Written by April Long
Fragrance developer Ann Gottlieb has done more to shape the modern world’s olfactive landscape than perhaps any other individual. Currently celebrating her 50th year in the industry, Gottlieb humbly describes her role as “the liasion between the brand and the fragrance houses, translating a brand vision or product concept into scent.” But her successes, from the fruity bouquets she introduced to the market through Bath & Body Works to her blockbuster creations for Calvin Klein (including Obsession, Eternity, and cKOne), have proven that she is much more than that. She’s a true scent whisperer, a woman who knows exactly what consumers want before they even know it themselves.
Gottlieb got her start working with another legend, Estée Lauder, catching the attention of the beauty doyenne with her strong opinions about fragrance. “I had no idea whatsoever that I had any kind of talent, or a nose that was any different from anyone else’s,” she says. But when Lauder sailed through the offices dousing her employees in perfume and asking for opinions, Gottlieb responded with honesty and insight. “I was 24 years old and probably didn’t know any better,” she says, “but she kept coming back to me, and I ended up going from an entry level role to head of product development at Lauder in six-and-half years.”
Since founding her own company, Ann Gottlieb Associates, in 1983, Gottlieb has worked with everyone from Dior to Dove, and has guided the creation of scents as varied as Axe’s chocolate-addiction Dark Temptation and Marc Jacobs’ whimsical, strawberry-tinged Daisy. Gottlieb’s unique ability to recognize and propel forward promising fragrance nuggets that often become masterpieces with mass appeal comes not only from her stellar sense of smell and her unerring instincts, but also from the collaborative spirit she brings to her work. She understands keenly that a synchronicity between packaging, marketing, and the product itself is crucial to success, so she always keeps the lines of communication open. “I’m proud of the fact that many fine fragrance, personal and air care marketers are much more fragrance-literate after having worked with me,” she says. “I will always share everything I can about my process and about what I do.”
What did you learn from Estée Lauder that stayed with you throughout your career?
I learned that you please the consumer with a fragrance that has real identity and that fragrances should truly inspire you and keep sending you back to repurchase. I was fortunate to learn from her, because she taught me the importance of quality which has served me in every category with which I’ve been involved.
Your projects have run the gamut through every category. What would you say they all have in common?
They are all focused on the consumer and the brand. Really, what I am is a marketer with a very good nose, because I can’t develop a fragrance or a line of products unless I know who the consumer is and what she’s using. Whether I’m developing a really expensive perfume or a candle, the thought process is the same.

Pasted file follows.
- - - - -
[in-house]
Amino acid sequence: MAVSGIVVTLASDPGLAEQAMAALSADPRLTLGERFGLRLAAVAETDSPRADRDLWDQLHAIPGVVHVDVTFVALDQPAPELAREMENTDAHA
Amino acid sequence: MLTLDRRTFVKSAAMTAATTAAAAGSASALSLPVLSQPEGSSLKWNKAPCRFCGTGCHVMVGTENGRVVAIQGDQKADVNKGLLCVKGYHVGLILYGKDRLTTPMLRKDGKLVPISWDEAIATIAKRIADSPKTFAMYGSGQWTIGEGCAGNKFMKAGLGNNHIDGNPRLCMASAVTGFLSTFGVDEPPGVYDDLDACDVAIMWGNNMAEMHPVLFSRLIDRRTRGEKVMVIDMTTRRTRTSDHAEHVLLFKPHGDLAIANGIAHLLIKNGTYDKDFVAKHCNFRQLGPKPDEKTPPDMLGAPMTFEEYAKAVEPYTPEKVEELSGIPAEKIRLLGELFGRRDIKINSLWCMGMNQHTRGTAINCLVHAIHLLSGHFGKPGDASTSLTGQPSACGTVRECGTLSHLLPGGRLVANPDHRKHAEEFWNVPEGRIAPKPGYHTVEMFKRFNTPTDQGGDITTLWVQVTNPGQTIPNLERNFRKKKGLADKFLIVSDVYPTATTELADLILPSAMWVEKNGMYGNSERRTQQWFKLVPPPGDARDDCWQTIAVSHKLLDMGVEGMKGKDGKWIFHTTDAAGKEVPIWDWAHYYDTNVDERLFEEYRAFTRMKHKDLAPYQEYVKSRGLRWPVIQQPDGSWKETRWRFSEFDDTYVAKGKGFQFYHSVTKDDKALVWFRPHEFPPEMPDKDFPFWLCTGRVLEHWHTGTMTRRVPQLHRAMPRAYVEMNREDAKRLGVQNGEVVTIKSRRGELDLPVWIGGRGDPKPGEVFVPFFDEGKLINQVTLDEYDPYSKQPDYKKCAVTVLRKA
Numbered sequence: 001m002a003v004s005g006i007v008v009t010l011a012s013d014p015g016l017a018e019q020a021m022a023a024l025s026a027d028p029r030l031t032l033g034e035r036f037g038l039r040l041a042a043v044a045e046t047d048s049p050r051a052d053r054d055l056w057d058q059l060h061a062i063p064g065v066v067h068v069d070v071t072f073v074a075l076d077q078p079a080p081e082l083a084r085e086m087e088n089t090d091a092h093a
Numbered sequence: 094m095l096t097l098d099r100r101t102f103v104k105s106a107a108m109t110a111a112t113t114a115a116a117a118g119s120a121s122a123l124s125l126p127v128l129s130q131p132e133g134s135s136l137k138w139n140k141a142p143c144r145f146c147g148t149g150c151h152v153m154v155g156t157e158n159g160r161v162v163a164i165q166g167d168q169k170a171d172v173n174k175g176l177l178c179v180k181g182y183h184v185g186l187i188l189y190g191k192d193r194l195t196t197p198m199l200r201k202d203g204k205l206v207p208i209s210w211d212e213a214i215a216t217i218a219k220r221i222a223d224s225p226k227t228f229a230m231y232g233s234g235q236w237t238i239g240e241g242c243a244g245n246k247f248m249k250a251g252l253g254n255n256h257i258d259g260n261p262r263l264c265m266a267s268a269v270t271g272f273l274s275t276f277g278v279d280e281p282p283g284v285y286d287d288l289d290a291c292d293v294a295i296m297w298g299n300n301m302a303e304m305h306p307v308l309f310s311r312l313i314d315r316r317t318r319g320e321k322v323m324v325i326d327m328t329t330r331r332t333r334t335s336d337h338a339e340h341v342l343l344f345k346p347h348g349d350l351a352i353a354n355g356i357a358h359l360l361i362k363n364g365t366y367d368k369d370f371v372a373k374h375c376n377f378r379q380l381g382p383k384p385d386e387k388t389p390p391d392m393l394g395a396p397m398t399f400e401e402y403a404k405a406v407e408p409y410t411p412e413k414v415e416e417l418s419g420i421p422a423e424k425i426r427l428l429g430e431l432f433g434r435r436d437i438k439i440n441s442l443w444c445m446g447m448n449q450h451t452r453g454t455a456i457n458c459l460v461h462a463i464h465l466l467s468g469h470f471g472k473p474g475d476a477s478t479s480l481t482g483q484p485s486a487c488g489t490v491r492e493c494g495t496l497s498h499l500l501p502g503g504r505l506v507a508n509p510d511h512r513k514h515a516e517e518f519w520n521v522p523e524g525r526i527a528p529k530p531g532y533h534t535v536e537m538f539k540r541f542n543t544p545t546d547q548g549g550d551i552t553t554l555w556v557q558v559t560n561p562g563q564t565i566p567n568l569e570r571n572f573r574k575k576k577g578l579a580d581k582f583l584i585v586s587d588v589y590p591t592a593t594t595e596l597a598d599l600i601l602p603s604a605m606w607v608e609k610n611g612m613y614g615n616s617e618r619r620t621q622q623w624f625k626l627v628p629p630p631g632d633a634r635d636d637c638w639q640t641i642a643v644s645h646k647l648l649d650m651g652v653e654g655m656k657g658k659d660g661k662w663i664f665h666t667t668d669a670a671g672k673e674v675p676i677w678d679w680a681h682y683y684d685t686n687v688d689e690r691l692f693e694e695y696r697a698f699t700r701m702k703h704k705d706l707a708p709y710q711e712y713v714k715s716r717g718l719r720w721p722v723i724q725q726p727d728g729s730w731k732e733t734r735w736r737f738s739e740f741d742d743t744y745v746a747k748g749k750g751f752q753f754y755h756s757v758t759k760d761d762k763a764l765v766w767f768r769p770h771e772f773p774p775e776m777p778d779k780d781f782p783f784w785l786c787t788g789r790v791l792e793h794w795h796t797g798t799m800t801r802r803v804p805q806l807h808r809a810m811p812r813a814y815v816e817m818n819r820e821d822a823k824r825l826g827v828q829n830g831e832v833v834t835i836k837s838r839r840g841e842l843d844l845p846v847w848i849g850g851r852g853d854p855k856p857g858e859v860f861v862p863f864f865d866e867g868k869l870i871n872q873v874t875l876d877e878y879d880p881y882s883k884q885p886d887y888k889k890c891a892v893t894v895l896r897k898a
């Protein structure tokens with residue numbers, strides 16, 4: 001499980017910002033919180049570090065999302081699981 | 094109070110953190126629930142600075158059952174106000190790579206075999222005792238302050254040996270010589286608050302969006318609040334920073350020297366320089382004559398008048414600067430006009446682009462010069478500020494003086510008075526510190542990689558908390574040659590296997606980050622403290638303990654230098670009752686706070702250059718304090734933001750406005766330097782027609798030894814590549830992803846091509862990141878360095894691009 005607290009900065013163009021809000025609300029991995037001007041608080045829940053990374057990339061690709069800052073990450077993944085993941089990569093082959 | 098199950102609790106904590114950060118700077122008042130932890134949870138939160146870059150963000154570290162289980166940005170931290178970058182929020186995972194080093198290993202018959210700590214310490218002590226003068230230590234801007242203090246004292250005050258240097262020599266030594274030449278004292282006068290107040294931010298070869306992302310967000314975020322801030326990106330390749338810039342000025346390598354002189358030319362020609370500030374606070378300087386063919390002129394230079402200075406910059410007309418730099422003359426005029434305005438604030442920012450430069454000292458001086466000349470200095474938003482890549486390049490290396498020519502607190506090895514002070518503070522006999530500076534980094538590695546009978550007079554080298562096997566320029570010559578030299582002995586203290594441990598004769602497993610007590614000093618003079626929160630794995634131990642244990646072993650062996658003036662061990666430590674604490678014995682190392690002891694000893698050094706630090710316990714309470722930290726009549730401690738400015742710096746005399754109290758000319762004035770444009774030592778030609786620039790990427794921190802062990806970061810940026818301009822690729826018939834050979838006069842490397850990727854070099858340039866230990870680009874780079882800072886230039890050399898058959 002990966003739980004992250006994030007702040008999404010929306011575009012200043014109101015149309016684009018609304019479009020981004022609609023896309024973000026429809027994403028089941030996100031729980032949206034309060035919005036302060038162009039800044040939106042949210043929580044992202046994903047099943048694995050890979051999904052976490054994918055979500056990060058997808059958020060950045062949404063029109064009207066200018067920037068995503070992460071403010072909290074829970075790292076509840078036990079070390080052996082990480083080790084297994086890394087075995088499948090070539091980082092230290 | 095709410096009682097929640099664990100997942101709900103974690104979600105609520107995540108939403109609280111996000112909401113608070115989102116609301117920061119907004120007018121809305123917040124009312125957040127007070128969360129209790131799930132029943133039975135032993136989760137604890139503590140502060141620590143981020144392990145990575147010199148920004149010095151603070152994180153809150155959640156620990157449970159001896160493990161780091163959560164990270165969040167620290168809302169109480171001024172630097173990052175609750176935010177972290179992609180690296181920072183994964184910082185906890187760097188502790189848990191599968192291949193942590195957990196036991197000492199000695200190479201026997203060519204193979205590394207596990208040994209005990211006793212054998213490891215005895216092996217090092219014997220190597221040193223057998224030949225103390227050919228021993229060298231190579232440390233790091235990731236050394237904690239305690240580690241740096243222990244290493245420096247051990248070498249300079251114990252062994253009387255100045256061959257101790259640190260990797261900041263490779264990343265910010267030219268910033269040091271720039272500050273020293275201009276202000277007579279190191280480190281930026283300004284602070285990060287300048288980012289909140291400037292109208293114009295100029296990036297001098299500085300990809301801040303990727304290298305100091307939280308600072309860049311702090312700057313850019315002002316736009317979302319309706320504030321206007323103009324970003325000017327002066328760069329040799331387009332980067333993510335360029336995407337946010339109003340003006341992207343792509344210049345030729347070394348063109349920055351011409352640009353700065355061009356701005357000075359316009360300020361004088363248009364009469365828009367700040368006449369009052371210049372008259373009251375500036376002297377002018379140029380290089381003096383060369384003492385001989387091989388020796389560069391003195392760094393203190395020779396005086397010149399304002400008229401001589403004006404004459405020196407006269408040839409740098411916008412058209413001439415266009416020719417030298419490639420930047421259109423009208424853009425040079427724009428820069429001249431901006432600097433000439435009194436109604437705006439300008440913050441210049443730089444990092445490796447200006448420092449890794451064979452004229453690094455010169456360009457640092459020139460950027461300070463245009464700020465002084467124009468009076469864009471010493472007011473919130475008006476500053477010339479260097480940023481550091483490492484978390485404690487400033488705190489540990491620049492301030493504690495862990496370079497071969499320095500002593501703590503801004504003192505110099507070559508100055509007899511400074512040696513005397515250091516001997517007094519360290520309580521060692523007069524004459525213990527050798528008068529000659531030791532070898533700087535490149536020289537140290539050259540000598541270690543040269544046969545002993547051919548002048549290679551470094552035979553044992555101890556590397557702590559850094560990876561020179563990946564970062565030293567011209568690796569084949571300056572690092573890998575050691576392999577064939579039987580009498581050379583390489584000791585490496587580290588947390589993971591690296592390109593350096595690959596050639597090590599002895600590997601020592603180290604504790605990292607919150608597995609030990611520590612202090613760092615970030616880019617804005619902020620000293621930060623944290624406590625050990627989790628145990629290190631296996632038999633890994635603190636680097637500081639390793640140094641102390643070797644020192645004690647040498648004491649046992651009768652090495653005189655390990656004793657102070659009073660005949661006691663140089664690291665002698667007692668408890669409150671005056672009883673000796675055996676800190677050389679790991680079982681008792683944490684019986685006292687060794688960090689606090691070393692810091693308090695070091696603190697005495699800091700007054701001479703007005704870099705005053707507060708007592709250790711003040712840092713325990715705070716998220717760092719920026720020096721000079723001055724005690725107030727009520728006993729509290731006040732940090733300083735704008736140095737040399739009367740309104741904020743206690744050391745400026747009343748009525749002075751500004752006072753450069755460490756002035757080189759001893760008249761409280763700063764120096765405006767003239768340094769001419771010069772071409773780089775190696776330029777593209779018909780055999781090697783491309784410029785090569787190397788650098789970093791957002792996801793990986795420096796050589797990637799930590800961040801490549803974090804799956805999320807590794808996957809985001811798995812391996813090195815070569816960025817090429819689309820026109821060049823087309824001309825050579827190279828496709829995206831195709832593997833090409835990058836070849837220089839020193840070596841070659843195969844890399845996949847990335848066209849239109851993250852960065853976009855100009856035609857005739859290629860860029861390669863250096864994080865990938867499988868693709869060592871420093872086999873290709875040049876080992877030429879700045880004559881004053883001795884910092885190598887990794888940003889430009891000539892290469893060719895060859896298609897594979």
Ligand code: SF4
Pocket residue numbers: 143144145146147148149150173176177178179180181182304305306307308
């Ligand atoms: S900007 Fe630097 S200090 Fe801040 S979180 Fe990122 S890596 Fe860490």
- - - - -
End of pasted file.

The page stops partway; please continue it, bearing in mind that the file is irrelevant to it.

What defines a successful scent?
It’s a cohesive mix. You can attract consumers with a beautiful bottle, but if the product does not meet the consumers’ expectations—for instance, if it’s a pale pink package with lovely flowers on it, and they open it up and smell a heavy, woody, ambery fragrance—there’s a disconnect, and people generally don’t respond well to that kind of surprise. You also must have something in that bottle that is truly loved, or consumers are going to abandon you. It has to have a combination of something that’s unique with something that is commercial—and it has to capture the cues of the brand.
What are you proudest of professionally?
I’ve had two significant marriages in my professional life: to Calvin Klein and Axe. And both of them have played a major role in my success. Then I have a pair of twins called Dove and Dove Men & Care, and they have lots of Unilever cousins. Dior J’Adore and the Marc Jacobs fragrances also rank high for me. And my newest baby is air care and it has been fascinating exploring this new realm of fragrance.
What are your favorite notes?
It truly depends on what I’m doing. Obviously, fruits and flowers have been a big part of my background because, through the first four years with Bath and Body Works, while creating a category that didn’t exist before, we helped the American public develop an affinity for fruity notes. But it’s my love for vanilla that has lasted my whole career. It’s what made Obsession, my first fragrance for Calvin Klein, so addictive.
You travel a great deal. How has that contributed to your understanding of scent?
One of the greatest gifts that I’ve received in my career is the chance to experience the relationship that people in more impoverished areas of the world have with fragrance. Some of my most meaningful moments have been going into favelas in Brazil and visiting people’s homes in India and Thailand; seeing how universal the love of fragrance is, and how people will do anything to have it in their lives, even if it’s just adding a scented laundry detergent to water and pouring it on the floor.
Are there specific developments that you’d like to see?
I am hopeful that in the not too distant future the challenge of successfully selling fragrances online will be met… and that we are able to replicate the instore trial experience digitally.
How does it feel to be inducted into the Fragrance Foundation Hall of Fame?
To receive this award for the recognition of the contributions I’ve made to the world of fragrance is a validation of my work and is absolutely thrilling. I am truly honored and poised to continue for the next 50 years!!!